FOR viewers of Britain's Got Talent, this year's comic star turn Malawian-born comedian Daliso Chaponda, hasn't quite come out of nowhere.

In fact, much like other comics such as Hal Cruttenden and Michael McIntyre, Daliso has been working his stand-up socks off for the last ten years at clubs and theatres across the country.

"Making a living as a comedian is tough," he tells me, "really tough. I love doing it but I knew there was another tier of stand-up there, away from the small clubs and bars and I suppose I wanted to see if I could make it."

Which is why he applied for Britain's Got Talent.

"Perhaps it was a risk," Daliso admits, "but I also knew that on the right day I can make people laugh. What I also liked about the competition is that they tell you where you're going wrong. When you go to a club and have a bad night the audience doesn't tell you why you were bad. On Britain's Got Talent they do. They give you feedback and that for me was also interesting."

Except they didn't.

Daliso was one of the biggest hits of this year’s BGT. He was fast-tracked to the semi-finals when Amanda Holden used her ‘golden buzzer’ to put him through and subsequently the clips of his appearances attracted more than 12 million views on YouTube.

Following his third place in the show, he's getting ready for his debut 31-date UK tour next year, entitled What The African Said, which would be more than enough for Daliso, except he's also been commissioned to write and feature in his first Radio 4 show, Citizen Of Nowhere, which will also air next year.

"I can always come back down to earth," he jokes, "but at least I have this tour. It's a dream come true for me to do this tour so if I do come back down, I'll come back down very happy.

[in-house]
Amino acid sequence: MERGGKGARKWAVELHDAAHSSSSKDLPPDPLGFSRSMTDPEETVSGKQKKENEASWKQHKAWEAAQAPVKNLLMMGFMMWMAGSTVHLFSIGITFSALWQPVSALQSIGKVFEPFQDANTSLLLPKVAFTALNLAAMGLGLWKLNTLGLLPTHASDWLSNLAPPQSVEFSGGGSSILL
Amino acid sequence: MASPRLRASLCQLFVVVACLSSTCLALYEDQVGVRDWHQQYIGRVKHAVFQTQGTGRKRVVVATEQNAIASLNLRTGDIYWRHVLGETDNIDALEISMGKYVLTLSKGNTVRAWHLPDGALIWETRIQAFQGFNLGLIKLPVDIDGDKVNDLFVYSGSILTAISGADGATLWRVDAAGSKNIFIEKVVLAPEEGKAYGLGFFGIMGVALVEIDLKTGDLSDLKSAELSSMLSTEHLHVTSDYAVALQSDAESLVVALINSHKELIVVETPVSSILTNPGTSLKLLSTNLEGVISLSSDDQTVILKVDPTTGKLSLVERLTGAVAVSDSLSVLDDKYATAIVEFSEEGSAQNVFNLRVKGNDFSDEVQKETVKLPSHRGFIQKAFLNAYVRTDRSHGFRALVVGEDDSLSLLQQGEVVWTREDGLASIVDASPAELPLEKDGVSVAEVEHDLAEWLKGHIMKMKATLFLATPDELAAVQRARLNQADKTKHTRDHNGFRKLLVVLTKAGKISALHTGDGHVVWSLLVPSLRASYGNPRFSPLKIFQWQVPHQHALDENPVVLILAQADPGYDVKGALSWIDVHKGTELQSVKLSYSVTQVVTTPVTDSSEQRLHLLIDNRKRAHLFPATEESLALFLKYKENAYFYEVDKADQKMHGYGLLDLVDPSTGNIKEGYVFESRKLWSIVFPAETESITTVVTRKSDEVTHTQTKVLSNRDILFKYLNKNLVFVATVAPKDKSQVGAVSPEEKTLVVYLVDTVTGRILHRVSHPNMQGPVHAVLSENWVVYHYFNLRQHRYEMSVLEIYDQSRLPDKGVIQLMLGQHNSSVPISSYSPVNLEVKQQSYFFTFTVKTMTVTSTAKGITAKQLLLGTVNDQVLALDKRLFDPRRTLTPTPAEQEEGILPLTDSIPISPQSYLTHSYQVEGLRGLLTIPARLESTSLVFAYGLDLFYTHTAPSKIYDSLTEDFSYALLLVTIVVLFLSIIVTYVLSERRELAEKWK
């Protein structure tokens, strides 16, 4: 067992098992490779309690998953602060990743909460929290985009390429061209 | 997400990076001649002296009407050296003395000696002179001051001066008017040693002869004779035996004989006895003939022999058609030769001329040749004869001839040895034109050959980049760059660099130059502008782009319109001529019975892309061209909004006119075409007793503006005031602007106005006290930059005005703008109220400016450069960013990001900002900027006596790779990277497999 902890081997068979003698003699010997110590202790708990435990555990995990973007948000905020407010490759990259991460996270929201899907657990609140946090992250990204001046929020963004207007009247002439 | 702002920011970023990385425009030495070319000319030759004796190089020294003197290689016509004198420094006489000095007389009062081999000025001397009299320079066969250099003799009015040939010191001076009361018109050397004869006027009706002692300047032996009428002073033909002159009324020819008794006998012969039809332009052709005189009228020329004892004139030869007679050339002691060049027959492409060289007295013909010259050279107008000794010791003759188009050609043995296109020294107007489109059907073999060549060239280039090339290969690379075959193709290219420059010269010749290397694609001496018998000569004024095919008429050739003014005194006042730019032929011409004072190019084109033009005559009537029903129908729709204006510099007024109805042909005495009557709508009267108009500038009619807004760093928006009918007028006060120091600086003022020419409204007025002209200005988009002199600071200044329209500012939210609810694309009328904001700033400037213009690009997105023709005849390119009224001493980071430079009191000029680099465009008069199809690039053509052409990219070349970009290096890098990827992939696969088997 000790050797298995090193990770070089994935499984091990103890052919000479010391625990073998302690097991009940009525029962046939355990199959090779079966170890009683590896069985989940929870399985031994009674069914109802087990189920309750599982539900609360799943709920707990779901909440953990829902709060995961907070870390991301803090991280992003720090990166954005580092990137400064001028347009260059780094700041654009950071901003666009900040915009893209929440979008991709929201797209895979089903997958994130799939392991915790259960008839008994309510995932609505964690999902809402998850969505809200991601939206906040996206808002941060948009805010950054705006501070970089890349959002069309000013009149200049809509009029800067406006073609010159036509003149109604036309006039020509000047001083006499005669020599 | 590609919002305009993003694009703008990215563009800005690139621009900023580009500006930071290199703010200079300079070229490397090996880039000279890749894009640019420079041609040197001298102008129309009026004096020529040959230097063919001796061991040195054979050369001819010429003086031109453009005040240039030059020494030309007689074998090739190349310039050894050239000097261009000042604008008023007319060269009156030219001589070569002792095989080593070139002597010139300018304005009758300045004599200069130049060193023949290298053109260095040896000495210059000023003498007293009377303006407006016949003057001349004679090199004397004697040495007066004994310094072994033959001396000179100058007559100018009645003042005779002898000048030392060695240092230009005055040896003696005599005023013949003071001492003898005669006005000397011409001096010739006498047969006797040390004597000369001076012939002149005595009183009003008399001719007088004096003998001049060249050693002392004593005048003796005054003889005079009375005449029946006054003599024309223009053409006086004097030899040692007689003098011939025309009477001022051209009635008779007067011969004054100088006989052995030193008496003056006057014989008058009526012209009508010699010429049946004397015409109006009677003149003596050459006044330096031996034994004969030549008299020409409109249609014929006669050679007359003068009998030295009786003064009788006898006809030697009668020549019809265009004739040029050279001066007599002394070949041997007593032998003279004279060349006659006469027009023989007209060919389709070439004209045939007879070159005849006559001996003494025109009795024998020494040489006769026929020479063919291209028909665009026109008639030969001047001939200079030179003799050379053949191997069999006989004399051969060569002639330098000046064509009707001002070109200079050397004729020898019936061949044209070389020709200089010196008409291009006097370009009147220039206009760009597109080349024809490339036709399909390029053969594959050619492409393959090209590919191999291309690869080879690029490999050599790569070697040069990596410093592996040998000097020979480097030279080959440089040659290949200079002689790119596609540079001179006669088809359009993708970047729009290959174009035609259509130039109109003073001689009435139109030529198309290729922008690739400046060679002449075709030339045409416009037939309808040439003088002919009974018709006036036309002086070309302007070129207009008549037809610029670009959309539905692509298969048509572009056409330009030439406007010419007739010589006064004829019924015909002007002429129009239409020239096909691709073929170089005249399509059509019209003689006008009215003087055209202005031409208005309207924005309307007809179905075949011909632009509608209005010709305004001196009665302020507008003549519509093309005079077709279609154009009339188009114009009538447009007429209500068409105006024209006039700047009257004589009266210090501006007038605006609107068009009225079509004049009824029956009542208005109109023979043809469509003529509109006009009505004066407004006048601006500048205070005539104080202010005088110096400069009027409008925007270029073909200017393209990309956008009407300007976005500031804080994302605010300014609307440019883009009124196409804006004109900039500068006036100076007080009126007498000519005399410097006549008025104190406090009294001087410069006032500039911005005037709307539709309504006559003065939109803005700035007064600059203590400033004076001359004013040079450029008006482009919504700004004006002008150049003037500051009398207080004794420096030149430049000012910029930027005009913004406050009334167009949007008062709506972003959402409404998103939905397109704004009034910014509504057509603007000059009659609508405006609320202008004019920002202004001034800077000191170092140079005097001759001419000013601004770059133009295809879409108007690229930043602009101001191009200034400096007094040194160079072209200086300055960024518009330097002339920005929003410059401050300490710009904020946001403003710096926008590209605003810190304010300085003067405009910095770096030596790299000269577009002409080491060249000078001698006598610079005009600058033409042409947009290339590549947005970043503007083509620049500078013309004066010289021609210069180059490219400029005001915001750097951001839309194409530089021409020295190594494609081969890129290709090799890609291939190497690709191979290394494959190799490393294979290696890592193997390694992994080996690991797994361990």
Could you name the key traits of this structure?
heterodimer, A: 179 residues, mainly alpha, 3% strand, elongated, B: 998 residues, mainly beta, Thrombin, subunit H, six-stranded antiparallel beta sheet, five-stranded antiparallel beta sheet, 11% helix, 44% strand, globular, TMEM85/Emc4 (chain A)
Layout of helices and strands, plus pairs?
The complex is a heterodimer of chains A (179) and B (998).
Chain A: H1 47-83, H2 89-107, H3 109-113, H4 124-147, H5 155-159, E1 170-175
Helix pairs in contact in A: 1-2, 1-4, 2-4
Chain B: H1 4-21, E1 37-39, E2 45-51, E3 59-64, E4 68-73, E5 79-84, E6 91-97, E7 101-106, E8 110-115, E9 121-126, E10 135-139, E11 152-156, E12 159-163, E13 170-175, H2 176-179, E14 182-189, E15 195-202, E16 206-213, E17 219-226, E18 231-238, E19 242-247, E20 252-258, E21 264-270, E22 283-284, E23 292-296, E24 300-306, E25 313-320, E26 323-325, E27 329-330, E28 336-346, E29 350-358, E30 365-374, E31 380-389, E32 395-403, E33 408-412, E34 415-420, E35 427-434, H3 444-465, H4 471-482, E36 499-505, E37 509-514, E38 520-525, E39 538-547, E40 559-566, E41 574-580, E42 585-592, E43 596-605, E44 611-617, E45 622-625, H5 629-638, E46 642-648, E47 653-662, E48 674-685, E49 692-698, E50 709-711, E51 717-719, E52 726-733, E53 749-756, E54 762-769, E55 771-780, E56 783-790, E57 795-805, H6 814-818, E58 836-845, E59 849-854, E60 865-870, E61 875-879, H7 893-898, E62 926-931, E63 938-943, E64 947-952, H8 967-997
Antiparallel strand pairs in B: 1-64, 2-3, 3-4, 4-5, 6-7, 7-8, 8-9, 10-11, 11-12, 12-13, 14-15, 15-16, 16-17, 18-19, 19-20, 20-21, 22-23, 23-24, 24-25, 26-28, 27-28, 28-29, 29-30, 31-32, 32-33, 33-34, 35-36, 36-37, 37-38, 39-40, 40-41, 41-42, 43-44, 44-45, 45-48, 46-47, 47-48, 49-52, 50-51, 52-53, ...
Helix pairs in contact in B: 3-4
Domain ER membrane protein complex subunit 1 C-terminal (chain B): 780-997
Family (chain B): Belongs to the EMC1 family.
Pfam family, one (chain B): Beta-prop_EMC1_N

"At first it was 20 dates and they just sold so quickly we now have 31-dates. It's incredible and I cannot wait for them to start."

Not bad for a young man who spent his childhood travelling around Africa with his father George, who was himself a refugee before becoming a diplomat and then Malawi’s Justice Minister. That meant Daliso spend his youth travelling from country to country, until winding up as a student in Canada.

And that's where it all started.

"I wanted to be a novelist," he reveals. "I wanted to be the next big African novelist but of course my family thought I was a mad man. In the end they pushed me to study computer programming in Canada but the laugh was on them because that's where the biggest comedy festival is."

Montreal’s Just for Laughs Festival was where Daliso saw his first stand-up and he was hooked straight away.

"I thought it was incredible," he continues. "I had only seen Eddie Murphy in Raw up until then but I thought it was just a Hollywood actor getting up and being funny. I didn't realise this was a thing anyone could do."

Starting off with a tiny open mic night in Canada, Daliso soon began gigging more and more. Eventually, realising going back to Malawi wasn't a viable option for a burgeoning stand-up comedian, he made his way to the UK.

"I started in London," he says, "but it became too expensive, so now I'm in Manchester, which is a brilliant city to live in. Also because I tour around so much it doesn't really matter where you live as a comedian."

Daliso plays Southend's Cliffs Pavilion on Saturday, February 10 and Saturday, June 2.